Millennials are the fastest growing group in the workforce and are dealing with the challenges of graduating during a recession and the continued wage gap. Combine these factors with the likelihood of taking time away to have children and a longer lifespan, it’s more important than ever to master finances and long-term planning.
Another layer of complexity is that most millennials are raised by parents who live with high debt-ratios. Baby-boomers were raised with a fear of owing money and made a concentrated effort to avoid it and to pay it back as quickly as possible. The next generations were handed credit like candy and indulged. Learning by example may not be the best course of action, so we’ve compiled some advice for the up-and-coming.
- Spend Carefully. Along the same lines as “think before you speak”, think before you buy. Evaluate what long-term benefit that item is going to bring to you. When it comes to the nickel and dime type expenses such as your daily dose of fancy coffee, invest in a fancy espresso machine at home.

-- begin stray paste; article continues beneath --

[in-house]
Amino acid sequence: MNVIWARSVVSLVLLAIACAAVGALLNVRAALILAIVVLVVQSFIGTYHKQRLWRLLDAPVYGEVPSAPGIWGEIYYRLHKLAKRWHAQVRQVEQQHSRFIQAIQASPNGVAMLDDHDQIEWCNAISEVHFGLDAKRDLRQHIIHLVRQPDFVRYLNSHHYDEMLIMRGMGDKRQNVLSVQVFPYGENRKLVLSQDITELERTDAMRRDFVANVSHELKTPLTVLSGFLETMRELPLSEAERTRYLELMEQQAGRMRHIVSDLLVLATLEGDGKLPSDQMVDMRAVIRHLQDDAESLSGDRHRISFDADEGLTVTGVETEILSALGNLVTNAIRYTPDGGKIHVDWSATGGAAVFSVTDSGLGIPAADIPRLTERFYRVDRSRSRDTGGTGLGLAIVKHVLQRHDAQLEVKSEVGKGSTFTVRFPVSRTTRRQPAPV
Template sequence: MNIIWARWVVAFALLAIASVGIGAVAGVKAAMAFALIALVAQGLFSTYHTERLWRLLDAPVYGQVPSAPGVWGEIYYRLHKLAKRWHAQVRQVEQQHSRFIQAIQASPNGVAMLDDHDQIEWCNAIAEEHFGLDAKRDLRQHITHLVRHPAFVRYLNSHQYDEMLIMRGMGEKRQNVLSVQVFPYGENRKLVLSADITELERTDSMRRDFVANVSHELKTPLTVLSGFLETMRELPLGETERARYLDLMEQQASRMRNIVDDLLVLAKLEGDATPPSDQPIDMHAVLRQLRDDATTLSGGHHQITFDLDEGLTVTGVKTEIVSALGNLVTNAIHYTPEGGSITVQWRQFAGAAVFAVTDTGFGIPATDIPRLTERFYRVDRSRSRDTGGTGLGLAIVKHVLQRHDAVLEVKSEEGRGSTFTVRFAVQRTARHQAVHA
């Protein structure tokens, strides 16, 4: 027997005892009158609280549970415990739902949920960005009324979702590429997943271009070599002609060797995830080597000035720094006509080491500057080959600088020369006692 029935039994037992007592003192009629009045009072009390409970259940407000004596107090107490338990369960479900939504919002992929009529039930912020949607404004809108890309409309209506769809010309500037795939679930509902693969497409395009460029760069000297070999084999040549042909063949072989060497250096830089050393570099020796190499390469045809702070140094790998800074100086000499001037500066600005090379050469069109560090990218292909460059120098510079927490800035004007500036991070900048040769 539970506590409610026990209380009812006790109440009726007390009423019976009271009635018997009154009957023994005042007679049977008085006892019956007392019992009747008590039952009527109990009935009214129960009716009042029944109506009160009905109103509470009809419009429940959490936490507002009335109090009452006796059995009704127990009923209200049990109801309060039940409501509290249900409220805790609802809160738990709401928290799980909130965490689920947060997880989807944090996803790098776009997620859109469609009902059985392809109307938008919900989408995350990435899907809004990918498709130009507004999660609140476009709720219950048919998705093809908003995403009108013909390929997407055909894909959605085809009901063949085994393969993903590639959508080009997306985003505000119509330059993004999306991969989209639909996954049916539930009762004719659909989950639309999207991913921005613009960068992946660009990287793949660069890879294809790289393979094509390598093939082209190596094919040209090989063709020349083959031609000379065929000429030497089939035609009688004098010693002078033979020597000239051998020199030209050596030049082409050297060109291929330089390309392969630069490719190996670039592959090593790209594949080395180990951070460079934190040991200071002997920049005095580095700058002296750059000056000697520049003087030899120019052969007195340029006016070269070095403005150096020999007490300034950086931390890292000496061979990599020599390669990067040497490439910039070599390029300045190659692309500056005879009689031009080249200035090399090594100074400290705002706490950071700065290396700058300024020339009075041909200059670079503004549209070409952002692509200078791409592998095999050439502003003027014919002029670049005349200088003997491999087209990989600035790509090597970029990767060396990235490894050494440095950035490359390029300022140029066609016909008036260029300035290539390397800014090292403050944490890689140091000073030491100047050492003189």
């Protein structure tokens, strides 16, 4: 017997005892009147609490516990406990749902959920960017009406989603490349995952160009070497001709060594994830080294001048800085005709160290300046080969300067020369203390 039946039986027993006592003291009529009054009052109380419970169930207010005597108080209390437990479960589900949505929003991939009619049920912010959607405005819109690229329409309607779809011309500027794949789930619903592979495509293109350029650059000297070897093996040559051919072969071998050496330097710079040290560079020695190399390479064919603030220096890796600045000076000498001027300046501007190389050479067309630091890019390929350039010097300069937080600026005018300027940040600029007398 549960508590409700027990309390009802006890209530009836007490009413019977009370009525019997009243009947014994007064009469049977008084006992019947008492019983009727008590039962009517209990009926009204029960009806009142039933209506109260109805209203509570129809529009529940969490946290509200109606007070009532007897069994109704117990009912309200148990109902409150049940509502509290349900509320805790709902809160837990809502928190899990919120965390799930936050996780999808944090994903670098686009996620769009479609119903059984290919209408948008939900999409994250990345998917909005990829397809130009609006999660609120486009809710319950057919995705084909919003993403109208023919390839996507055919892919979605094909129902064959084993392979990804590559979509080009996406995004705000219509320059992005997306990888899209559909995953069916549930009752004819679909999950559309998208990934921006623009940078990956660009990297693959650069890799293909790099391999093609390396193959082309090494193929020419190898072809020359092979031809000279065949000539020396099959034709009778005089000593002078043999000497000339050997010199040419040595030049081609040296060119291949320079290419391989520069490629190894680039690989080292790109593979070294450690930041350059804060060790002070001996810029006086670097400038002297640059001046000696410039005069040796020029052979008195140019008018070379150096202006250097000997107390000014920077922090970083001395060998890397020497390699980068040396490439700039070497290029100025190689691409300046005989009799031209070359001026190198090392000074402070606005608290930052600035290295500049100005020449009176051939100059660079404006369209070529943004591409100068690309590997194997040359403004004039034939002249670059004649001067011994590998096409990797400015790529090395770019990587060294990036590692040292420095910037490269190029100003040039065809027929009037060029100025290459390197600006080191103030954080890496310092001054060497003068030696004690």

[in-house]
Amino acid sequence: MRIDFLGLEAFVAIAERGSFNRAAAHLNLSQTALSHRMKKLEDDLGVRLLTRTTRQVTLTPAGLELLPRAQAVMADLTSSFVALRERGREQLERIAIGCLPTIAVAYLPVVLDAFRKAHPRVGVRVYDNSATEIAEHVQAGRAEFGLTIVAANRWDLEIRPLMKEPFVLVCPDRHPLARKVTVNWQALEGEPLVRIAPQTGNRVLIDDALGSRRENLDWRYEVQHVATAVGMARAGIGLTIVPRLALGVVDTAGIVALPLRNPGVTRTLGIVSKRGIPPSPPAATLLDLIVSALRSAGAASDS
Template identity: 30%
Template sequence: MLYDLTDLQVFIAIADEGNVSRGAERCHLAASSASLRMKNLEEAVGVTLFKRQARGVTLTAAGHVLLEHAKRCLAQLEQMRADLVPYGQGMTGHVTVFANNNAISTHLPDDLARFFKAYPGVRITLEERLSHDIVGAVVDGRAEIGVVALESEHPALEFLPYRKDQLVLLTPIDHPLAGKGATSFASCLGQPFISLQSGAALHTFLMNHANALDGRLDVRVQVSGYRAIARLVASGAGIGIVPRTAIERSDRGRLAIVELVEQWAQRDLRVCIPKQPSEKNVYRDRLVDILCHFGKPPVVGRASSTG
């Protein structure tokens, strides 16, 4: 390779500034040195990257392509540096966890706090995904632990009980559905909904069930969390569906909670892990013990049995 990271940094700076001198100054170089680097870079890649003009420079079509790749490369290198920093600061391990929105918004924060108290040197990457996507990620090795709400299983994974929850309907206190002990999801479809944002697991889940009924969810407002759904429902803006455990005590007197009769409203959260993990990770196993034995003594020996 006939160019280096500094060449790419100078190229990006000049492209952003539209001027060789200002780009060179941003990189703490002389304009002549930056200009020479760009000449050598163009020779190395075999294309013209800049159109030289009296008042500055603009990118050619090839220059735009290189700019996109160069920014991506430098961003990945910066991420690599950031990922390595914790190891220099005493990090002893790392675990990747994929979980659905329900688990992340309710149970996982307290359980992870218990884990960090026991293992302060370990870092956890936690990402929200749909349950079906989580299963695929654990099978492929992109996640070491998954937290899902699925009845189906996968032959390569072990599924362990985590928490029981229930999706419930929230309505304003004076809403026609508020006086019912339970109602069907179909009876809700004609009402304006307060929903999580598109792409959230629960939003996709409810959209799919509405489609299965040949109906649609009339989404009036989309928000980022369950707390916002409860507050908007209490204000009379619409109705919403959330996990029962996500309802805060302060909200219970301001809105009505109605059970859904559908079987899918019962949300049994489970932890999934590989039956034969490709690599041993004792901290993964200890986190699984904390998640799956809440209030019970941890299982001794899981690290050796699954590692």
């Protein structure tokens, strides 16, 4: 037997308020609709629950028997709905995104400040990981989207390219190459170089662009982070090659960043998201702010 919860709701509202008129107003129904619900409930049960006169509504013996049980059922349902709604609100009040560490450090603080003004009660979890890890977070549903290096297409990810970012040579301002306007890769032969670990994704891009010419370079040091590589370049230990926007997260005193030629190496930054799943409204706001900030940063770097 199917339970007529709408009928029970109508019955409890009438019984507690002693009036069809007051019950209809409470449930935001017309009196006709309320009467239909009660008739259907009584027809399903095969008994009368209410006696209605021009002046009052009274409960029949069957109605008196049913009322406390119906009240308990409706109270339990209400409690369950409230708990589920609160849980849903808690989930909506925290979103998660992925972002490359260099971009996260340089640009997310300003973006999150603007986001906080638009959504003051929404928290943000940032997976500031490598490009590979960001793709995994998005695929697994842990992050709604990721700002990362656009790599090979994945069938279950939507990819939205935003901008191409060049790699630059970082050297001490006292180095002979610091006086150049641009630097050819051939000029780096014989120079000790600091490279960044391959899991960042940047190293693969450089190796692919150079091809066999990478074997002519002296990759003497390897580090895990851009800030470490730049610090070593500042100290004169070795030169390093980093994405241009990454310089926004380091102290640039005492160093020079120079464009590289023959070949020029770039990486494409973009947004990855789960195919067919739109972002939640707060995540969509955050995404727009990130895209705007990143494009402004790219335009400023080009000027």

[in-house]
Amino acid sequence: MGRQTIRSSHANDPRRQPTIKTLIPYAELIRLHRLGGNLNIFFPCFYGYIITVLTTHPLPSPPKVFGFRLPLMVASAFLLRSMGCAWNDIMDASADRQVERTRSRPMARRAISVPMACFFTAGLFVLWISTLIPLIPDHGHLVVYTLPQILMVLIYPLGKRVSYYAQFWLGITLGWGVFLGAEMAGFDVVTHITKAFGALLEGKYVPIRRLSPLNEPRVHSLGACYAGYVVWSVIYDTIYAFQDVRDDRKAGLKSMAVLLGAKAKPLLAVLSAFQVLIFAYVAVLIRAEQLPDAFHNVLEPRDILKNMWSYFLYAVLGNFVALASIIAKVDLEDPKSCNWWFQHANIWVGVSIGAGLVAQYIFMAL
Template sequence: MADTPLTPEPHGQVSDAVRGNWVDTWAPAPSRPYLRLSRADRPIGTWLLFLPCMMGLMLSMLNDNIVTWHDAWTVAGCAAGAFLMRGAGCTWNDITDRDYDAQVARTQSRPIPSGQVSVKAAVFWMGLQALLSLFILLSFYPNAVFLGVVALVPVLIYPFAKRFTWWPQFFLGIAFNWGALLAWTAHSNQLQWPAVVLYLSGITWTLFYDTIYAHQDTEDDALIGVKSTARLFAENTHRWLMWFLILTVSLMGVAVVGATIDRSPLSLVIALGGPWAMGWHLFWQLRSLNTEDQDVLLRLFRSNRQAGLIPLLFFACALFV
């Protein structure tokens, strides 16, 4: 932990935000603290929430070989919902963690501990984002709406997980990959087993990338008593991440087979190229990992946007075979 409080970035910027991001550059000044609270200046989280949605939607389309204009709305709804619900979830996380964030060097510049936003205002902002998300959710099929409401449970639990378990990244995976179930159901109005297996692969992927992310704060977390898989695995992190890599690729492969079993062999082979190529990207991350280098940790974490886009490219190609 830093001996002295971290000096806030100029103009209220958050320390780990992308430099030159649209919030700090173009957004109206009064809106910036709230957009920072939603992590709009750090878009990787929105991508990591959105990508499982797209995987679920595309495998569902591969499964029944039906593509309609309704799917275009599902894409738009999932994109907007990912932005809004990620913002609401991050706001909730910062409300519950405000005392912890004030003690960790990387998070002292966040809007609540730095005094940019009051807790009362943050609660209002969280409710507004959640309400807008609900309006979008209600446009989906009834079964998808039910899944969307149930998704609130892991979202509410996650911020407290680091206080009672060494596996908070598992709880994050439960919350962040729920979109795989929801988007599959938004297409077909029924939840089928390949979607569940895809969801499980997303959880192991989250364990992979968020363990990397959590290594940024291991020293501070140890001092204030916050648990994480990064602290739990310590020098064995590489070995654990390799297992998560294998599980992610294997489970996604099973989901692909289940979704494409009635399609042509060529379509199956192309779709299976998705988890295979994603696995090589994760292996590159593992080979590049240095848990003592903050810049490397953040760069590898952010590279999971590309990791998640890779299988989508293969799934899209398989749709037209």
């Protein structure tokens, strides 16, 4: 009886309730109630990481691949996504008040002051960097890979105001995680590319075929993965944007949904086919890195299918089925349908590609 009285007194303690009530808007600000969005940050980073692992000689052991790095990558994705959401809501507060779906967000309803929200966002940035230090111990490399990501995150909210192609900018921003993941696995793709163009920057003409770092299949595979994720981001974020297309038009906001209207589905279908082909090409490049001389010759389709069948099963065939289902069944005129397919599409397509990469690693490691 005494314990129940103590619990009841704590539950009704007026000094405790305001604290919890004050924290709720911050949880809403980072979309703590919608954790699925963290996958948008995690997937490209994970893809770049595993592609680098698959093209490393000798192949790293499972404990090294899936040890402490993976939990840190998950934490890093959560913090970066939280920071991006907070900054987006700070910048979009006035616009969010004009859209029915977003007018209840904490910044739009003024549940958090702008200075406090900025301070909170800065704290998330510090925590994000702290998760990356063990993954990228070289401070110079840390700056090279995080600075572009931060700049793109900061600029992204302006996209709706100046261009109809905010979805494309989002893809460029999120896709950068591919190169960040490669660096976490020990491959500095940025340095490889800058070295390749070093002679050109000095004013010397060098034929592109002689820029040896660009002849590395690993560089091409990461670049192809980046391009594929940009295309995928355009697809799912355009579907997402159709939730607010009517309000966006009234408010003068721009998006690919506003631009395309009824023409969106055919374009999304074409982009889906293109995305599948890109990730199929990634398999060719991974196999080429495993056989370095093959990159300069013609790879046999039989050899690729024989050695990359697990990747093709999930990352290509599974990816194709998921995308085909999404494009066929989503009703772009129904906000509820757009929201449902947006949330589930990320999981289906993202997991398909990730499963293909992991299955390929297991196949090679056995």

- Build an Escape Plan. Life often throws challenges our way and true power comes from being able to choose your own path. Having some cash squirrelled away allows you to make the choices which are right for you and prevent you from returning back to what was keeping you in debt.
- Set up an automatic deposit from your paycheck to an account which you are not able to easily access. That way you never had the money, so you can’t miss it.
- Funnel your wins. Instead of “treating” yourself with your birthday gifts, tax return or bonus, treat your future self by putting it into your savings account.